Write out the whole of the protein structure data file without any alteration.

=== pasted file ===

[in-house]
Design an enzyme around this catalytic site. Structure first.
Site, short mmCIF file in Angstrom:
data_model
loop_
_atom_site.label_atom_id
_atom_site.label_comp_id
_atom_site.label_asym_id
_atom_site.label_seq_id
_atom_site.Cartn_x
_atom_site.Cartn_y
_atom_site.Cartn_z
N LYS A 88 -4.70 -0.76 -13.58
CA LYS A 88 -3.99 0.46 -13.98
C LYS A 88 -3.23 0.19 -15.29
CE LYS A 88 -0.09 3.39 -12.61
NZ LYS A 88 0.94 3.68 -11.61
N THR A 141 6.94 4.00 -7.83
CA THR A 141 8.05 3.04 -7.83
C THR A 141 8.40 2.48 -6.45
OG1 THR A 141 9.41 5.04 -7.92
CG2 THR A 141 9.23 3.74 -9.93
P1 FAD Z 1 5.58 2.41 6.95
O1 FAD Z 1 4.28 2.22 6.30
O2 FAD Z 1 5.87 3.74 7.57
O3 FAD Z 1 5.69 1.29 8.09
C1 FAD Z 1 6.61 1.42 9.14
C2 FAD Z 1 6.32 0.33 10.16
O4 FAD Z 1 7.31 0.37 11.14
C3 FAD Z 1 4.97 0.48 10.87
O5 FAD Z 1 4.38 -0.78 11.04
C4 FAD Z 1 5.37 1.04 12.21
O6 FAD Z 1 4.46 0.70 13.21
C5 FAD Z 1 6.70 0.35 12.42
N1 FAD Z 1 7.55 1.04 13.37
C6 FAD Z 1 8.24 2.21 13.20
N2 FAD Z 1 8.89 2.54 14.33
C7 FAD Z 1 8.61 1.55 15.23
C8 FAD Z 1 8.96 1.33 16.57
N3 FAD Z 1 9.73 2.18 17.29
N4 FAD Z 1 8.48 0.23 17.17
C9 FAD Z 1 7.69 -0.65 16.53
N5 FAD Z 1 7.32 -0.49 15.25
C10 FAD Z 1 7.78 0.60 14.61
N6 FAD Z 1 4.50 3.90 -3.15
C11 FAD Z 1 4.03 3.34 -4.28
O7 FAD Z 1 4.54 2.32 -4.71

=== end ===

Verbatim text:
[in-house]
Design an enzyme around this catalytic site. Structure first.
Site, short mmCIF file in Angstrom:
data_model
loop_
_atom_site.label_atom_id
_atom_site.label_comp_id
_atom_site.label_asym_id
_atom_site.label_seq_id
_atom_site.Cartn_x
_atom_site.Cartn_y
_atom_site.Cartn_z
N LYS A 88 -4.70 -0.76 -13.58
CA LYS A 88 -3.99 0.46 -13.98
C LYS A 88 -3.23 0.19 -15.29
CE LYS A 88 -0.09 3.39 -12.61
NZ LYS A 88 0.94 3.68 -11.61
N THR A 141 6.94 4.00 -7.83
CA THR A 141 8.05 3.04 -7.83
C THR A 141 8.40 2.48 -6.45
OG1 THR A 141 9.41 5.04 -7.92
CG2 THR A 141 9.23 3.74 -9.93
P1 FAD Z 1 5.58 2.41 6.95
O1 FAD Z 1 4.28 2.22 6.30
O2 FAD Z 1 5.87 3.74 7.57
O3 FAD Z 1 5.69 1.29 8.09
C1 FAD Z 1 6.61 1.42 9.14
C2 FAD Z 1 6.32 0.33 10.16
O4 FAD Z 1 7.31 0.37 11.14
C3 FAD Z 1 4.97 0.48 10.87
O5 FAD Z 1 4.38 -0.78 11.04
C4 FAD Z 1 5.37 1.04 12.21
O6 FAD Z 1 4.46 0.70 13.21
C5 FAD Z 1 6.70 0.35 12.42
N1 FAD Z 1 7.55 1.04 13.37
C6 FAD Z 1 8.24 2.21 13.20
N2 FAD Z 1 8.89 2.54 14.33
C7 FAD Z 1 8.61 1.55 15.23
C8 FAD Z 1 8.96 1.33 16.57
N3 FAD Z 1 9.73 2.18 17.29
N4 FAD Z 1 8.48 0.23 17.17
C9 FAD Z 1 7.69 -0.65 16.53
N5 FAD Z 1 7.32 -0.49 15.25
C10 FAD Z 1 7.78 0.60 14.61
N6 FAD Z 1 4.50 3.90 -3.15
C11 FAD Z 1 4.03 3.34 -4.28
O7 FAD Z 1 4.54 2.32 -4.71